Between 1836 and 1838 DeBaptiste moved to Madison, Indiana, where he barbered, engaged in a number of other business enterprises, and served as a conductor for the underground railroad. Although the number of slaves he directly assisted is unknown, DeBaptiste gained a reputation as an abolitionist and conductor by crossing the Ohio River into Kentucky and escorting fugitive slaves into Indiana and Ohio. From there, they would go to Michigan and eventually Canada. His reputation as a conductor drew the ire of local whites. Probably as a result of his notoriety, the state of Indiana prosecuted George for residing in the state without paying the bond required of free blacks. He was saved from expulsion and possible sale into slavery by Stephen C. Stevens, a former member of the Indiana Supreme Court and prominent white attorney who opposed slavery. Stevens argued against the order expelling DeBaptiste, claiming that it was unconstitutional and did not specify his state of origin (where he was to be returned) as the law required. The court agreed only that the order was defective and allowed DeBaptiste to remain a resident.
David F. Herr, "DeBaptiste, George," American National Biography Online, February 2000, http://www.anb.org/articles/15/15-01037.html.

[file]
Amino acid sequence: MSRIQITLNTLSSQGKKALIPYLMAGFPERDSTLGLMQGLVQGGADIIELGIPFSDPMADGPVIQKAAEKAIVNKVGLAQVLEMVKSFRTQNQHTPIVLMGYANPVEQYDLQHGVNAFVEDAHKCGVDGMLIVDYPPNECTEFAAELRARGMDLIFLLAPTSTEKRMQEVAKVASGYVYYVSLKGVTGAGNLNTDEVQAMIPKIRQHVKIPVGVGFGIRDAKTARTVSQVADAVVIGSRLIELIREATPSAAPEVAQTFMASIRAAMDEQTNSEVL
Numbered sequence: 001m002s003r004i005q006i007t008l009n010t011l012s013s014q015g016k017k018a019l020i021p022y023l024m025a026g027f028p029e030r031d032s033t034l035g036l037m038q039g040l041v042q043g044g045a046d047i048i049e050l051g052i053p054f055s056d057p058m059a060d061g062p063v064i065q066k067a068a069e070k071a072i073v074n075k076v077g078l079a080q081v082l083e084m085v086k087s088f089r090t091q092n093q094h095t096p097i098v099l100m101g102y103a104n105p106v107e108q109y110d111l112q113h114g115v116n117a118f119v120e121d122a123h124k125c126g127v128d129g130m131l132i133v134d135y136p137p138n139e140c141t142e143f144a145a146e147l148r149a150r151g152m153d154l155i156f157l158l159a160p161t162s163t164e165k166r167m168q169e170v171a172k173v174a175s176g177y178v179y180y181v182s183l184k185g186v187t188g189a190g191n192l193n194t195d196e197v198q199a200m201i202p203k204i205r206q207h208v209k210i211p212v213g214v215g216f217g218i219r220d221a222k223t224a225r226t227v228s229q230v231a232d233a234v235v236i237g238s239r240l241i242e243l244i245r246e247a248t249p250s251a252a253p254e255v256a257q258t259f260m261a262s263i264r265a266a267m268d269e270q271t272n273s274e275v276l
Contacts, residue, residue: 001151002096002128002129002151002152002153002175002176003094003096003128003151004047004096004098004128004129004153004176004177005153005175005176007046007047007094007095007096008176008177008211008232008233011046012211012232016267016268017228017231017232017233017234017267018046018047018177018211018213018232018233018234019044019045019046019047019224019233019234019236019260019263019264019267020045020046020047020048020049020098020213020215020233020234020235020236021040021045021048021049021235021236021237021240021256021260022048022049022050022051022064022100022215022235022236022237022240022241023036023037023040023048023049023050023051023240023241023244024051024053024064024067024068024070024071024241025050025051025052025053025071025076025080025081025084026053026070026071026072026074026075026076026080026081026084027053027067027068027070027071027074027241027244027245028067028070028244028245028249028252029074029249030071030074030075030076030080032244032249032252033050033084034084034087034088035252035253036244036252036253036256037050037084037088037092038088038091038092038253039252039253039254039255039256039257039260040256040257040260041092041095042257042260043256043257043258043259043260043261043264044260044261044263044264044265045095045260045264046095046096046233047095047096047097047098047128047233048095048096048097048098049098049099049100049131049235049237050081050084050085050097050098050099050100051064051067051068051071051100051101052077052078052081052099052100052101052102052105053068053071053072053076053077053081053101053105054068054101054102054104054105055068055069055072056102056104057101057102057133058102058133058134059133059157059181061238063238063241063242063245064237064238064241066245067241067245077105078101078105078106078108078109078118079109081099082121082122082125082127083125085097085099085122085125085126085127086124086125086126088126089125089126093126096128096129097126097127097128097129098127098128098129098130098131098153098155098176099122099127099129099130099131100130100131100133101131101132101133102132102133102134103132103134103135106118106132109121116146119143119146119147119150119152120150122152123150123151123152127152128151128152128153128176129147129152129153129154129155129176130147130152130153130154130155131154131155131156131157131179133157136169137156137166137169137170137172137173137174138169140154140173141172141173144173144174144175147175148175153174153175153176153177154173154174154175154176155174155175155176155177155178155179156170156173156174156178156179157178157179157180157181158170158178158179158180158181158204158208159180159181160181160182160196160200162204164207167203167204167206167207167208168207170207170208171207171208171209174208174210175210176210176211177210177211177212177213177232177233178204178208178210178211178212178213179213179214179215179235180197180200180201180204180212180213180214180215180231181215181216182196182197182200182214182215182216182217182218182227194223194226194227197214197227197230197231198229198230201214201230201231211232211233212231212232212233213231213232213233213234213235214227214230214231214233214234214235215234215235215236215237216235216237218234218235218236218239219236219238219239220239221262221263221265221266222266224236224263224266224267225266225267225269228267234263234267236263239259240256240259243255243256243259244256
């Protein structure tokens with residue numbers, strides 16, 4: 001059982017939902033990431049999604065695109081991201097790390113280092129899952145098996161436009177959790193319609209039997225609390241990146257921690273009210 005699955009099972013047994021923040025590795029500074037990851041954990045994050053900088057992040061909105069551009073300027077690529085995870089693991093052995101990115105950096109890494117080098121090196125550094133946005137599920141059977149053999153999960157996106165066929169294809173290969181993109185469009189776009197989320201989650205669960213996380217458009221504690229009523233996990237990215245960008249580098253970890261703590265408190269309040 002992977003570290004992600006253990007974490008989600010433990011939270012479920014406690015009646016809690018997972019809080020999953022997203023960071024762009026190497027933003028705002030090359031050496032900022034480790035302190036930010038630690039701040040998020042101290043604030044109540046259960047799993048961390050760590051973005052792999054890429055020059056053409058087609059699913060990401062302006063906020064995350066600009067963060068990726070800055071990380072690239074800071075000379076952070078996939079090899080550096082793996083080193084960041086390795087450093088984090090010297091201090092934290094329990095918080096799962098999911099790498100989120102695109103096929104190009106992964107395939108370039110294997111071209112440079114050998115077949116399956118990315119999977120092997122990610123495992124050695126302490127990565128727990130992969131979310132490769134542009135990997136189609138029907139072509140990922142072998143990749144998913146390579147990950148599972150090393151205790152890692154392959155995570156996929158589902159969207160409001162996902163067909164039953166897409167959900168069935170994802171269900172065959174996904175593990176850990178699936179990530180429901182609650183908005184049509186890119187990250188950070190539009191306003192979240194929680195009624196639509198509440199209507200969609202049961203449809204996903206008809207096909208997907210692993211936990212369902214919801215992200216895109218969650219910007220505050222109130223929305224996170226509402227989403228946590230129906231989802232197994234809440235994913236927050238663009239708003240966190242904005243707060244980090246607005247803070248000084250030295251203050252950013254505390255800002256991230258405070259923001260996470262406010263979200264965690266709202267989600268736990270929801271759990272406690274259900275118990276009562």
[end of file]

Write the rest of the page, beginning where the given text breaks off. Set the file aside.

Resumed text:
In many river communities, underground work was carried out almost entirely by African Americans. One of the most effective networks of all was based in the port of Madison, Indiana, about eighty miles downriver from Cincinnati. With a few exceptions, it is difficult to form a sharp picture of the men who formed this cell. None of them left memoirs or diaries. Their activities remain visible at all only as they have been refracted through the anecdotes of white abolitionists, often long after the fact, and in a handful of nineteenth-century newspaper articles that omit more than they reveal. It is clear that the man at the cell’s center in the early 1840s was the freeborn Virginian George DeBaptiste, whose picaresque career suggests that he had much more than the average share of charm and nerve. A natural mole, he would not have been out of place in the shadowy world of twentieth-century espionage. The only picture of him, an engraving made later in his life when he had become a successful businessman in Detroit, is revealing: it shows a rather heavy-featured man, with beetling brows and deep-set, grave eyes, and a short, dense beard that enfolds his square jaw like a baseball glove. Born in Fredericksburg, Virginia, in 1814, he was trained as a barber, and by the age of eighteen became the body servant of a professional gambler, with whom he traveled widely around the country, including the Deep South. In 1838 DeBaptiste had settled in Madison, and his barbershop at the corner of Second and Walnut soon became the underground’s local headquarters.
Fergus M. Bordewich, Bound for Canaan: The Epic Story of the Underground Railroad, America's First Civil Rights Movement (New York: Amistad, 2006), 202.